Muhammad Ali's legacy: George Chuvalo reflects on his friendship with The Greatest
Chuvalo fought Ali twice, and later became friends with the champ
Former Canadian heavyweight champion George Chuvalo is arguably best known for his two epic boxing matches against Muhammad Ali, particularly their first gruelling matchup 50 years ago in Toronto's Maple Leaf Gardens.
The two combatants later became friends, but Chuvalo said they never discussed their clashes in the ring when they would talk or get together.
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"We never once talked about the fight. It was always about something else, 'How's the wife? How's the kids?' Stuff like that. 'Where are you living now? What are you doing?'"
Chuvalo, 78, who was named an honorary pallbearer for Ali's funeral yesterday, reflected on his friend who died last week after a long battle with Parkinson's disease.
"You try to kill each other in the ring and when something like this happens you feel a great amount of sympathy, of empathy for your former opponent," said Chuvalo, speaking in Toronto.
"We fought 27 rounds together and after that we became pretty good buddies. We would talk on the phone many, many times. He was a good guy, a friend of mine and I was a friend of his, and when you lose a friend, it's tough."
Chuvalo was away when he heard about Ali's death and wasn't able to attend his funeral. He said he last saw Ali in Las Vegas for his 70th birthday gala in 2012. But the last time the pair met in Toronto was in 2002 for an event at the SkyDome that honoured Ali and helped raise money for Parkinson's.
'You have some pretty hair'
"He looked at me and he said, 'George you have some pretty hair,'" recalled Chuvalo, who still sports a thick mane of silver locks.
Ali had been set to fight Ernie Terrell on Mar. 29, 1966, in Toronto after cities and promoters in the U.S. wanted nothing to do with the Louisville, Ky., fighter following his unpopular comments against the Vietnam War.
But Terrell bowed out, and Chuvalo, then the Canadian heavyweight champ, got the call with only 17 days to train.
Chuvalo was clearly an underdog, and most expected Ali to make short work of the Canadian fighter.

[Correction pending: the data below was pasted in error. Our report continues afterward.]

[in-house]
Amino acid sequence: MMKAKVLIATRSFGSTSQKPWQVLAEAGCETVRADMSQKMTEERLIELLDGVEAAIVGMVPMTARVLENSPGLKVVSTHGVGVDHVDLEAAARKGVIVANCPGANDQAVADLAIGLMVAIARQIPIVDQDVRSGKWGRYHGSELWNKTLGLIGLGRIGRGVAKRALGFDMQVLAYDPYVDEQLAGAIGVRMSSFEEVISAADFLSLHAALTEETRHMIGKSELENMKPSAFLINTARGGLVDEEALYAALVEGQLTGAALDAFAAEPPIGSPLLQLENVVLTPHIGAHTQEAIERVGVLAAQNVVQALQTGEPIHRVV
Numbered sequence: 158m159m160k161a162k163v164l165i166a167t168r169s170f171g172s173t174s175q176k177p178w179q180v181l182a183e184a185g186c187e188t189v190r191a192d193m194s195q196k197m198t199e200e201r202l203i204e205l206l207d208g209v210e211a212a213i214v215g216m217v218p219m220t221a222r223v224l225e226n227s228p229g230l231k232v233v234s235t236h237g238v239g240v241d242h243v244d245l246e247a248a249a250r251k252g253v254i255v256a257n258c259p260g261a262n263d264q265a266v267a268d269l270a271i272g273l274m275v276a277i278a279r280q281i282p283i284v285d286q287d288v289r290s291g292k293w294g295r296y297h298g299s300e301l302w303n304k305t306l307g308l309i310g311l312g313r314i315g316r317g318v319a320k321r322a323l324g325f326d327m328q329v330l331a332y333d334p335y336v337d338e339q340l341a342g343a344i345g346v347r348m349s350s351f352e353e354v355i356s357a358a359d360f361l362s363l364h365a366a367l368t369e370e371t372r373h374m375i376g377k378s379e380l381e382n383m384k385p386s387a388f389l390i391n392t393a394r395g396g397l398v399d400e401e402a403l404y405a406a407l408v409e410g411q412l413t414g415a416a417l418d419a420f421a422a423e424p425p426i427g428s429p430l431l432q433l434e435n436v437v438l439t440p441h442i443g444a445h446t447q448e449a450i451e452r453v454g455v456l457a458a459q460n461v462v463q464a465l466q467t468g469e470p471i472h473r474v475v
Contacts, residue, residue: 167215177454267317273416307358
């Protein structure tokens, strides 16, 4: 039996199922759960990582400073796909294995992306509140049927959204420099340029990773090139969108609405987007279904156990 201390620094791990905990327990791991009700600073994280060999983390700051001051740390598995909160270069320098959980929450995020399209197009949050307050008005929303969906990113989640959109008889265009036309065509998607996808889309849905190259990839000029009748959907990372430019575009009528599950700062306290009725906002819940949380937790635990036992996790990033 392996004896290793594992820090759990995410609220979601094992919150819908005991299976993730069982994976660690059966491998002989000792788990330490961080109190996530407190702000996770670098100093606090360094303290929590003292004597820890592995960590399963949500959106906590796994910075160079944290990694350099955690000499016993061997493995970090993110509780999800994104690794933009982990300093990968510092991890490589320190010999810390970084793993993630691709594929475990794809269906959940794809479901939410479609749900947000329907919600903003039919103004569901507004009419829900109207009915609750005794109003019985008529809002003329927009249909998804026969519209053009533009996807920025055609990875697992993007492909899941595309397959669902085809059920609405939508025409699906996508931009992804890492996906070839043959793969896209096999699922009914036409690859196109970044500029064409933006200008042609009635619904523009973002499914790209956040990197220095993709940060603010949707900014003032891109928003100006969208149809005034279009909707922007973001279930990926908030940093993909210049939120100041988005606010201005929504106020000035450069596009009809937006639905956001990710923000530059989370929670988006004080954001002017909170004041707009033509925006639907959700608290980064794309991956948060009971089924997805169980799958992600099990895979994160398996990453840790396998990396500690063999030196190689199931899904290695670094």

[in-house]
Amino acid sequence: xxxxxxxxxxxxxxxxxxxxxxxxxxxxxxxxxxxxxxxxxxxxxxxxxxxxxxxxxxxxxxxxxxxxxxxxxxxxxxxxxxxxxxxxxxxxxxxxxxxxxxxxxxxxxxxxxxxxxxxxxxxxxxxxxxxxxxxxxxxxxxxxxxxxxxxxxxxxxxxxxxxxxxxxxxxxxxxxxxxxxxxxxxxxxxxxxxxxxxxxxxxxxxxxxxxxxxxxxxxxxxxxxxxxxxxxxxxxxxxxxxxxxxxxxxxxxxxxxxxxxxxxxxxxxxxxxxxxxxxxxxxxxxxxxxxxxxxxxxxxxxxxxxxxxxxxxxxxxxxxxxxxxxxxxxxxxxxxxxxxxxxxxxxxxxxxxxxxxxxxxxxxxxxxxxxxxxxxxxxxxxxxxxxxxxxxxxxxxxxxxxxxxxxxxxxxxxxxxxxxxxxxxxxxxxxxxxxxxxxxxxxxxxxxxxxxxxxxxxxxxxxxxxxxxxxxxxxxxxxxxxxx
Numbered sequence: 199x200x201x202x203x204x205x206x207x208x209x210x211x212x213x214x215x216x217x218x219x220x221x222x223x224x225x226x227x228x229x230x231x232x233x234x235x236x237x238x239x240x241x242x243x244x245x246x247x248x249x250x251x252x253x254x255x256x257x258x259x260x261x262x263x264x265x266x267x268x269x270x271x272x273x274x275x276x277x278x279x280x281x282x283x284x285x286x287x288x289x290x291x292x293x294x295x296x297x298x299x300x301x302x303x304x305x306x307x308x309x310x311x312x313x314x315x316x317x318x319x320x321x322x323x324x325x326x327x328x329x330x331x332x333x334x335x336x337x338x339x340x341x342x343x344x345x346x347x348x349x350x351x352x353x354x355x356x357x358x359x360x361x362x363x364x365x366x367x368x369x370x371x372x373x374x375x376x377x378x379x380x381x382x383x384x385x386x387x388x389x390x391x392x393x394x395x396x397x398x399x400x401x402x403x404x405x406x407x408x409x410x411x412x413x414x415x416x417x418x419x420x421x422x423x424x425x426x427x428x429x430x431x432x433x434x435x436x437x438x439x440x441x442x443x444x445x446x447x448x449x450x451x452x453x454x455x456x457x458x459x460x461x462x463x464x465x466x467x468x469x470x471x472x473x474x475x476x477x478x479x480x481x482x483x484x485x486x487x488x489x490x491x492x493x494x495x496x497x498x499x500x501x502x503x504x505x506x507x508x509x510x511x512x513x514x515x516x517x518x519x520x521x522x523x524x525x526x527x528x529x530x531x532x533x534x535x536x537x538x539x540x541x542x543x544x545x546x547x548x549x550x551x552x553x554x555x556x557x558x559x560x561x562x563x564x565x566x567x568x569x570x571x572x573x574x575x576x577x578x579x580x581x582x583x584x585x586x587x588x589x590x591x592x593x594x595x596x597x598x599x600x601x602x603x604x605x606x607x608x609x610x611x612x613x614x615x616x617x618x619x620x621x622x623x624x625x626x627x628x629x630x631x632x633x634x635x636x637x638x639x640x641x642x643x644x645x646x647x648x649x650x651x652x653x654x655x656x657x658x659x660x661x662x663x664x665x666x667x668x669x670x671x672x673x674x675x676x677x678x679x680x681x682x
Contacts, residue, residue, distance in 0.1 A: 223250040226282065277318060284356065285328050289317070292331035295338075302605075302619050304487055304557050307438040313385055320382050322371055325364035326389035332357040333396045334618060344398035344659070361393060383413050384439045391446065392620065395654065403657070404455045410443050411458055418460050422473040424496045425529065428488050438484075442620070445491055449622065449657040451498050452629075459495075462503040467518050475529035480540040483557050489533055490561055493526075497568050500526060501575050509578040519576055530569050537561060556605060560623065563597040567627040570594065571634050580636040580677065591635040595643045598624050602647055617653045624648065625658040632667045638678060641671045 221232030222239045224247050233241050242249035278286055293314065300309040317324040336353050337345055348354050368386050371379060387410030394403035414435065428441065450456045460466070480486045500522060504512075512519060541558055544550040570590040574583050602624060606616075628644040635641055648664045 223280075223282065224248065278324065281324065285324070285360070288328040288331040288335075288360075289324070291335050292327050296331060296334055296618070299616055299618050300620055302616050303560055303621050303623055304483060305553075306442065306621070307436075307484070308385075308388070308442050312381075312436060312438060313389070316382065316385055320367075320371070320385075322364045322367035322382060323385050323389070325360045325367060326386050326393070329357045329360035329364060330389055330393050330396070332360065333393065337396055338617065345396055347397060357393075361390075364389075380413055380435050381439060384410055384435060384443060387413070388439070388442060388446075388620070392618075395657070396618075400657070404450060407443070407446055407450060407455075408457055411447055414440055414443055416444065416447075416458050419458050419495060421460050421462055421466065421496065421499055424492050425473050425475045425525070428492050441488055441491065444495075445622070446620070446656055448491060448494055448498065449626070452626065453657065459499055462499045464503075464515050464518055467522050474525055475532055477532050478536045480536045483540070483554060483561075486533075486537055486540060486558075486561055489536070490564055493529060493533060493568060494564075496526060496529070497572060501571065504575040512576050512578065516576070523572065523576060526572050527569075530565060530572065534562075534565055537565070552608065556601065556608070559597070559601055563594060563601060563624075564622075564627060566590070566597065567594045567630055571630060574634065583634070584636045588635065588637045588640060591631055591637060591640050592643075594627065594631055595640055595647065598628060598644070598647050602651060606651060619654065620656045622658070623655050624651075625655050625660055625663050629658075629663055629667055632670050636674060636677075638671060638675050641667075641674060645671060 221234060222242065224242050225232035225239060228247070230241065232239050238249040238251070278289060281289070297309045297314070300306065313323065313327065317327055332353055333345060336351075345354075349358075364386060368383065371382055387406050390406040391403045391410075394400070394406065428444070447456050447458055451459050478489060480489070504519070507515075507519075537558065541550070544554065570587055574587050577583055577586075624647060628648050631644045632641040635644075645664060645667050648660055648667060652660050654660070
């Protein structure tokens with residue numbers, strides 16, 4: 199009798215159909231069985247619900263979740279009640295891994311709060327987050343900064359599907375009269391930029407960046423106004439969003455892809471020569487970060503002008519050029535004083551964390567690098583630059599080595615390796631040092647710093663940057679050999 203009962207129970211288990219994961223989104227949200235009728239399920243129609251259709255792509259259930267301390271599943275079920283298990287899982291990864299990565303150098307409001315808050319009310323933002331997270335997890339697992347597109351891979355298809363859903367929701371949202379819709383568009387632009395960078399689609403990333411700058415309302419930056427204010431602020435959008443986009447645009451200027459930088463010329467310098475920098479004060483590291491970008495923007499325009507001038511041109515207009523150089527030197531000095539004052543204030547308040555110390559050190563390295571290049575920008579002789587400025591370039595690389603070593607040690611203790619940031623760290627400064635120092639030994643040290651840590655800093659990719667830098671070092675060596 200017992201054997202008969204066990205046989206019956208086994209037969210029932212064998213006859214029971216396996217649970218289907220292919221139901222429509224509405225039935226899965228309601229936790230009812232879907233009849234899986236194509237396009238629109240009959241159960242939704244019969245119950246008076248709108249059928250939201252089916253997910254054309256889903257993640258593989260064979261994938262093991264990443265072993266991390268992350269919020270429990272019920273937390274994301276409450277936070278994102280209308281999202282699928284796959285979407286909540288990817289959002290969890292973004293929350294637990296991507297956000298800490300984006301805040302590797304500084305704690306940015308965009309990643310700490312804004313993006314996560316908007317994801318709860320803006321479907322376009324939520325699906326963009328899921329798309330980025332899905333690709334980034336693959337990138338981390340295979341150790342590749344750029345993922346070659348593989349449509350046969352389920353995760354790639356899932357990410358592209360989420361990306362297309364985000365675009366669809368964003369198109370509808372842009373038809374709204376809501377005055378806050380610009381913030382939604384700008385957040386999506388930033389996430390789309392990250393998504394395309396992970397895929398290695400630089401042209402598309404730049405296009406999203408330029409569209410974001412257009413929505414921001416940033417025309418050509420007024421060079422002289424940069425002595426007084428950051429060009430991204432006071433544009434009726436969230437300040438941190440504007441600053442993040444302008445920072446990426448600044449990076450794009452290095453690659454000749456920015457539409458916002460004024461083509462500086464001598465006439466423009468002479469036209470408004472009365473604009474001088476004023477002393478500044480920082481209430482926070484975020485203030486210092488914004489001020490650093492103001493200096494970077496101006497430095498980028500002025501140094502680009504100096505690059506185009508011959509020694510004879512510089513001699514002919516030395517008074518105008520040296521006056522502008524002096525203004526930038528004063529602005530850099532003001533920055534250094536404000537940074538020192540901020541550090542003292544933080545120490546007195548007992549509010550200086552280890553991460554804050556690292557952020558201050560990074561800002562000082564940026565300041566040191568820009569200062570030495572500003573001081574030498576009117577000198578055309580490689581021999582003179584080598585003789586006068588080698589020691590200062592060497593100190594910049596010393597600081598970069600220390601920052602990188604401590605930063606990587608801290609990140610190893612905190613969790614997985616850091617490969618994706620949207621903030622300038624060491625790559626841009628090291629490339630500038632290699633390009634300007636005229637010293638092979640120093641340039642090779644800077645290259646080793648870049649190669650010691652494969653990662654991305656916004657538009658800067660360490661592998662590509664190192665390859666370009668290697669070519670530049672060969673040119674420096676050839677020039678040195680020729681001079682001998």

"I always had confidence in myself, whether it was deserved or not," Chuvalo said. "I thought I had a good shot to beat him."
However, Chuvalo said once the fight began, he discovered very quickly that the pre-fight hype about Ali's speed was well deserved.
"He was the quickest-punching fighter, the quickest-moving fighter that I ever fought. And I realized that pretty soon in the fight he was pretty hard to nail with a clear punch."
He said he tried to pressure Ali as much as he could, attempting to keep him on the ropes, away from the centre of the ring. Once he had him on the ropes, he said he tried to keep him there by putting his head in Ali's chest, pressuring him so he wouldn't move.
To the shock of many sports writers and pundits, Chuvalo would go the distance with Ali, but he was outscored and lost the fight on points. However, following the match, Ali let it be known that Chuvalo was "the toughest guy I ever fought."
"It was a close hard-fought fight," Chuvalo said
They would meet up again in the ring in Vancouver, in 1972, this time for a 12-round bout. Ali again won by decision, but Chuvalo thought he did much better this time because he had more time to train.
'We would be buddies anyway'
Chuvalo said their paths crossed quite frequently over the years.
"Funny way to make friends, you try to fight each other, try to kill each other and then you become friends," he said. "It's strange but true."
"I think if we weren't fighters we would be buddies anyway," he said. "Our personalities kind of meshed the right way. I always felt good when I saw him.
"We always had good moments together. In retrospect, I realize how important he was to me in my life and I think I made a difference in his life, to some degree."
As for Ali's boxing legacy, Chuvalo thinks he was the best heavyweight champion of all time.
"I admired him probably more than anyone else that I ever fought."